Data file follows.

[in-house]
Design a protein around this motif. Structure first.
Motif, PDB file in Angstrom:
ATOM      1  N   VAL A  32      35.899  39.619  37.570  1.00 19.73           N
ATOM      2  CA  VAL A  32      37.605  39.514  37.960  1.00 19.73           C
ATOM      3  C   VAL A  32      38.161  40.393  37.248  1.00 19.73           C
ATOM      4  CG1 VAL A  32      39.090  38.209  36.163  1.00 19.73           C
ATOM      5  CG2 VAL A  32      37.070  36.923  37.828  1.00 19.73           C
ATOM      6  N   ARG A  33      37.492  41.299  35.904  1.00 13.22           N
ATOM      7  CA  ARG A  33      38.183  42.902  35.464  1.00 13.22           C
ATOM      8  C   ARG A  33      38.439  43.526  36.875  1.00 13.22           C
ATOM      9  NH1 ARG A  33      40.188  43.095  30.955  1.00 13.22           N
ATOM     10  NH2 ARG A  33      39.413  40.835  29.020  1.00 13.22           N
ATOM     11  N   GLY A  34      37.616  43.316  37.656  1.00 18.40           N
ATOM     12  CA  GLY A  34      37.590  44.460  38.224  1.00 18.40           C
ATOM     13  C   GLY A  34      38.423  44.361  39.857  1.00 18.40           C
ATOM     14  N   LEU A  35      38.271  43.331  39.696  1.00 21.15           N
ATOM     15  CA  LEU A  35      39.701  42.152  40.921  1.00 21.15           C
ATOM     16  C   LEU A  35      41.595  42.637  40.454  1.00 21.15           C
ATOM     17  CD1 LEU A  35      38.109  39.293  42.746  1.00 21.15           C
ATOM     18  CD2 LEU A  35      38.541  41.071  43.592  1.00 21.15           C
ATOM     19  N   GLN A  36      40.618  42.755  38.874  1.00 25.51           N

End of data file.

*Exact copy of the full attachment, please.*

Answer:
[in-house]
Design a protein around this motif. Structure first.
Motif, PDB file in Angstrom:
ATOM      1  N   VAL A  32      35.899  39.619  37.570  1.00 19.73           N
ATOM      2  CA  VAL A  32      37.605  39.514  37.960  1.00 19.73           C
ATOM      3  C   VAL A  32      38.161  40.393  37.248  1.00 19.73           C
ATOM      4  CG1 VAL A  32      39.090  38.209  36.163  1.00 19.73           C
ATOM      5  CG2 VAL A  32      37.070  36.923  37.828  1.00 19.73           C
ATOM      6  N   ARG A  33      37.492  41.299  35.904  1.00 13.22           N
ATOM      7  CA  ARG A  33      38.183  42.902  35.464  1.00 13.22           C
ATOM      8  C   ARG A  33      38.439  43.526  36.875  1.00 13.22           C
ATOM      9  NH1 ARG A  33      40.188  43.095  30.955  1.00 13.22           N
ATOM     10  NH2 ARG A  33      39.413  40.835  29.020  1.00 13.22           N
ATOM     11  N   GLY A  34      37.616  43.316  37.656  1.00 18.40           N
ATOM     12  CA  GLY A  34      37.590  44.460  38.224  1.00 18.40           C
ATOM     13  C   GLY A  34      38.423  44.361  39.857  1.00 18.40           C
ATOM     14  N   LEU A  35      38.271  43.331  39.696  1.00 21.15           N
ATOM     15  CA  LEU A  35      39.701  42.152  40.921  1.00 21.15           C
ATOM     16  C   LEU A  35      41.595  42.637  40.454  1.00 21.15           C
ATOM     17  CD1 LEU A  35      38.109  39.293  42.746  1.00 21.15           C
ATOM     18  CD2 LEU A  35      38.541  41.071  43.592  1.00 21.15           C
ATOM     19  N   GLN A  36      40.618  42.755  38.874  1.00 25.51           N